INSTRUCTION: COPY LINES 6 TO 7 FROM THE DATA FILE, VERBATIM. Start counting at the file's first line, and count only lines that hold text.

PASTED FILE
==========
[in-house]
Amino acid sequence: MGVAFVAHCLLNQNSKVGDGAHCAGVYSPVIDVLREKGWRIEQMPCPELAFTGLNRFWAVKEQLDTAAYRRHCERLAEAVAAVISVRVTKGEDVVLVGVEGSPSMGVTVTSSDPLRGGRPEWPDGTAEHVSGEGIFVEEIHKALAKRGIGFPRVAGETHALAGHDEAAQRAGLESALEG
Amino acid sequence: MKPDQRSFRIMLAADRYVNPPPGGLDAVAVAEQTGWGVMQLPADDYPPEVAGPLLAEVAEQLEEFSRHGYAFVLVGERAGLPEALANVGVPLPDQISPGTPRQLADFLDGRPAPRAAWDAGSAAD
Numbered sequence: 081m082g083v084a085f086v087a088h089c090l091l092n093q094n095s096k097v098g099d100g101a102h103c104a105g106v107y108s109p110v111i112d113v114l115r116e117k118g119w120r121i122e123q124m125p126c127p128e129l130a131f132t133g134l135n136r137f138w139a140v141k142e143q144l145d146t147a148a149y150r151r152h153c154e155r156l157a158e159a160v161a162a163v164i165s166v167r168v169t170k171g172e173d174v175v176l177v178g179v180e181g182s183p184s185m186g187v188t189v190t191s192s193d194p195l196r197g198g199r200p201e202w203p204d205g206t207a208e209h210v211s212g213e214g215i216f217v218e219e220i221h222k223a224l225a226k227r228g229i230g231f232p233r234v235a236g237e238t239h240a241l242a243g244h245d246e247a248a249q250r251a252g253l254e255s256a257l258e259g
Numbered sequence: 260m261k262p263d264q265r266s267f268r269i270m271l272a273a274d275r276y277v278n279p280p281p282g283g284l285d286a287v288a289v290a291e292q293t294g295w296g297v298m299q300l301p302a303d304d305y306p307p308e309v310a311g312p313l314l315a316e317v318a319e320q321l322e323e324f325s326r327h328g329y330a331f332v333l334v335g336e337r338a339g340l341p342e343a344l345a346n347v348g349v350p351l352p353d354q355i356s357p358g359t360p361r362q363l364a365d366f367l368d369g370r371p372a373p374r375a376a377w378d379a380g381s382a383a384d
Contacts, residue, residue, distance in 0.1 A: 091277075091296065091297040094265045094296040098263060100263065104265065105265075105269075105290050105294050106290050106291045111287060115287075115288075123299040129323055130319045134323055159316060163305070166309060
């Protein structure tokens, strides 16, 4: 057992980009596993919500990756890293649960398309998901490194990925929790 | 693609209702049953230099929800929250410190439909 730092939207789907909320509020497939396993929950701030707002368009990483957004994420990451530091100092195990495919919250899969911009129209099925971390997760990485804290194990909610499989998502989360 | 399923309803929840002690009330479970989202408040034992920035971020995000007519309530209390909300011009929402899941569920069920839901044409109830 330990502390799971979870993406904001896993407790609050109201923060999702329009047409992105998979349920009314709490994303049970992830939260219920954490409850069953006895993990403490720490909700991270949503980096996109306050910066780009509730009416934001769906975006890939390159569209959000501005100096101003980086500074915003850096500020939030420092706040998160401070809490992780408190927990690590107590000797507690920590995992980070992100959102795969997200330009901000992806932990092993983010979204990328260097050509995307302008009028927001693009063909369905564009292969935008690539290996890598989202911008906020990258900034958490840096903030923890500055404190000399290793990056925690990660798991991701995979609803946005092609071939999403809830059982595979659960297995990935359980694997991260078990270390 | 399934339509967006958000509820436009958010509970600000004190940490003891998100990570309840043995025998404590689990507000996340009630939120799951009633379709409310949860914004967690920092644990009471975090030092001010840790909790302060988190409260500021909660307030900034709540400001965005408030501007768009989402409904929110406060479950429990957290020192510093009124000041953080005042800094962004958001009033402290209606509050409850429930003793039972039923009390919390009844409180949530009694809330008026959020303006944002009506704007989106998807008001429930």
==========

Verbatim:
Contacts, residue, residue, distance in 0.1 A: 091277075091296065091297040094265045094296040098263060100263065104265065105265075105269075105290050105294050106290050106291045111287060115287075115288075123299040129323055130319045134323055159316060163305070166309060
């Protein structure tokens, strides 16, 4: 057992980009596993919500990756890293649960398309998901490194990925929790 | 693609209702049953230099929800929250410190439909 730092939207789907909320509020497939396993929950701030707002368009990483957004994420990451530091100092195990495919919250899969911009129209099925971390997760990485804290194990909610499989998502989360 | 399923309803929840002690009330479970989202408040034992920035971020995000007519309530209390909300011009929402899941569920069920839901044409109830 330990502390799971979870993406904001896993407790609050109201923060999702329009047409992105998979349920009314709490994303049970992830939260219920954490409850069953006895993990403490720490909700991270949503980096996109306050910066780009509730009416934001769906975006890939390159569209959000501005100096101003980086500074915003850096500020939030420092706040998160401070809490992780408190927990690590107590000797507690920590995992980070992100959102795969997200330009901000992806932990092993983010979204990328260097050509995307302008009028927001693009063909369905564009292969935008690539290996890598989202911008906020990258900034958490840096903030923890500055404190000399290793990056925690990660798991991701995979609803946005092609071939999403809830059982595979659960297995990935359980694997991260078990270390 | 399934339509967006958000509820436009958010509970600000004190940490003891998100990570309840043995025998404590689990507000996340009630939120799951009633379709409310949860914004967690920092644990009471975090030092001010840790909790302060988190409260500021909660307030900034709540400001965005408030501007768009989402409904929110406060479950429990957290020192510093009124000041953080005042800094962004958001009033402290209606509050409850429930003793039972039923009390919390009844409180949530009694809330008026959020303006944002009506704007989106998807008001429930």